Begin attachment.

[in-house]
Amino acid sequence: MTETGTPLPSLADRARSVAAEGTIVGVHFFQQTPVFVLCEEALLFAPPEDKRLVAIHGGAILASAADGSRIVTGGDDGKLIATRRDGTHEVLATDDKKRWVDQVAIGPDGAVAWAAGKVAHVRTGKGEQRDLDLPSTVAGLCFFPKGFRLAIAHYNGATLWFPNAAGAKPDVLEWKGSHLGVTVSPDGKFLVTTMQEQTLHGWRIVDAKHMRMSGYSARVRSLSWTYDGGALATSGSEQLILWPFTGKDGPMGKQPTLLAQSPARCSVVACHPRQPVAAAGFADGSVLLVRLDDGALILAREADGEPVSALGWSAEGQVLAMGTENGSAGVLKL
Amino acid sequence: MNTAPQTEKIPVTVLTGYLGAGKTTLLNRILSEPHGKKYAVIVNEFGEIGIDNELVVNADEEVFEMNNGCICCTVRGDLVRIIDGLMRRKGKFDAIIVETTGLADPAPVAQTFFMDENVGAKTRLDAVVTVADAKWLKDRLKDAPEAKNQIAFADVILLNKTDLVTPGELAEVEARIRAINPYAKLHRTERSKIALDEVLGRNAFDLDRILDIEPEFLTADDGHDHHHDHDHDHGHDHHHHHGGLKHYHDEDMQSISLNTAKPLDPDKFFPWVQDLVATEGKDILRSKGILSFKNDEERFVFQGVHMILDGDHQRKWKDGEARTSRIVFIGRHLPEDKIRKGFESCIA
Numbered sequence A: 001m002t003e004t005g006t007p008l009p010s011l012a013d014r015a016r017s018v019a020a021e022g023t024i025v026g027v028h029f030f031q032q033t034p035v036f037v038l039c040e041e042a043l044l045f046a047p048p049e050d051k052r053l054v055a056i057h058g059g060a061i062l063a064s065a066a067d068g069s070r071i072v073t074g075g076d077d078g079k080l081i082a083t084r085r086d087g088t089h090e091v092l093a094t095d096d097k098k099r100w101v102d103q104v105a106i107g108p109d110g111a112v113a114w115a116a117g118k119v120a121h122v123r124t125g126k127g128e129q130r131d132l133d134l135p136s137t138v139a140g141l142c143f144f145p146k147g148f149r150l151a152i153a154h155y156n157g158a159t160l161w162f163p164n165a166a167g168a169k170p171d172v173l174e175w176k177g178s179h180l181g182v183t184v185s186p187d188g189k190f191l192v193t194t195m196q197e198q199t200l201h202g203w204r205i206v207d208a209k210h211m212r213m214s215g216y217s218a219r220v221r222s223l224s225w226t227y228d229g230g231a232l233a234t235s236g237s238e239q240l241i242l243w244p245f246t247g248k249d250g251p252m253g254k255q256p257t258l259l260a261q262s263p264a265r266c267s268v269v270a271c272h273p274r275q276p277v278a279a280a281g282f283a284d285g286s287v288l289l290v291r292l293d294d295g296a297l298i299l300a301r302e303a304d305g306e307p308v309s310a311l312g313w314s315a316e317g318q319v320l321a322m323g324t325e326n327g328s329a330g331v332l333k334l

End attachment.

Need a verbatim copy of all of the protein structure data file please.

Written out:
[in-house]
Amino acid sequence: MTETGTPLPSLADRARSVAAEGTIVGVHFFQQTPVFVLCEEALLFAPPEDKRLVAIHGGAILASAADGSRIVTGGDDGKLIATRRDGTHEVLATDDKKRWVDQVAIGPDGAVAWAAGKVAHVRTGKGEQRDLDLPSTVAGLCFFPKGFRLAIAHYNGATLWFPNAAGAKPDVLEWKGSHLGVTVSPDGKFLVTTMQEQTLHGWRIVDAKHMRMSGYSARVRSLSWTYDGGALATSGSEQLILWPFTGKDGPMGKQPTLLAQSPARCSVVACHPRQPVAAAGFADGSVLLVRLDDGALILAREADGEPVSALGWSAEGQVLAMGTENGSAGVLKL
Amino acid sequence: MNTAPQTEKIPVTVLTGYLGAGKTTLLNRILSEPHGKKYAVIVNEFGEIGIDNELVVNADEEVFEMNNGCICCTVRGDLVRIIDGLMRRKGKFDAIIVETTGLADPAPVAQTFFMDENVGAKTRLDAVVTVADAKWLKDRLKDAPEAKNQIAFADVILLNKTDLVTPGELAEVEARIRAINPYAKLHRTERSKIALDEVLGRNAFDLDRILDIEPEFLTADDGHDHHHDHDHDHGHDHHHHHGGLKHYHDEDMQSISLNTAKPLDPDKFFPWVQDLVATEGKDILRSKGILSFKNDEERFVFQGVHMILDGDHQRKWKDGEARTSRIVFIGRHLPEDKIRKGFESCIA
Numbered sequence A: 001m002t003e004t005g006t007p008l009p010s011l012a013d014r015a016r017s018v019a020a021e022g023t024i025v026g027v028h029f030f031q032q033t034p035v036f037v038l039c040e041e042a043l044l045f046a047p048p049e050d051k052r053l054v055a056i057h058g059g060a061i062l063a064s065a066a067d068g069s070r071i072v073t074g075g076d077d078g079k080l081i082a083t084r085r086d087g088t089h090e091v092l093a094t095d096d097k098k099r100w101v102d103q104v105a106i107g108p109d110g111a112v113a114w115a116a117g118k119v120a121h122v123r124t125g126k127g128e129q130r131d132l133d134l135p136s137t138v139a140g141l142c143f144f145p146k147g148f149r150l151a152i153a154h155y156n157g158a159t160l161w162f163p164n165a166a167g168a169k170p171d172v173l174e175w176k177g178s179h180l181g182v183t184v185s186p187d188g189k190f191l192v193t194t195m196q197e198q199t200l201h202g203w204r205i206v207d208a209k210h211m212r213m214s215g216y217s218a219r220v221r222s223l224s225w226t227y228d229g230g231a232l233a234t235s236g237s238e239q240l241i242l243w244p245f246t247g248k249d250g251p252m253g254k255q256p257t258l259l260a261q262s263p264a265r266c267s268v269v270a271c272h273p274r275q276p277v278a279a280a281g282f283a284d285g286s287v288l289l290v291r292l293d294d295g296a297l298i299l300a301r302e303a304d305g306e307p308v309s310a311l312g313w314s315a316e317g318q319v320l321a322m323g324t325e326n327g328s329a330g331v332l333k334l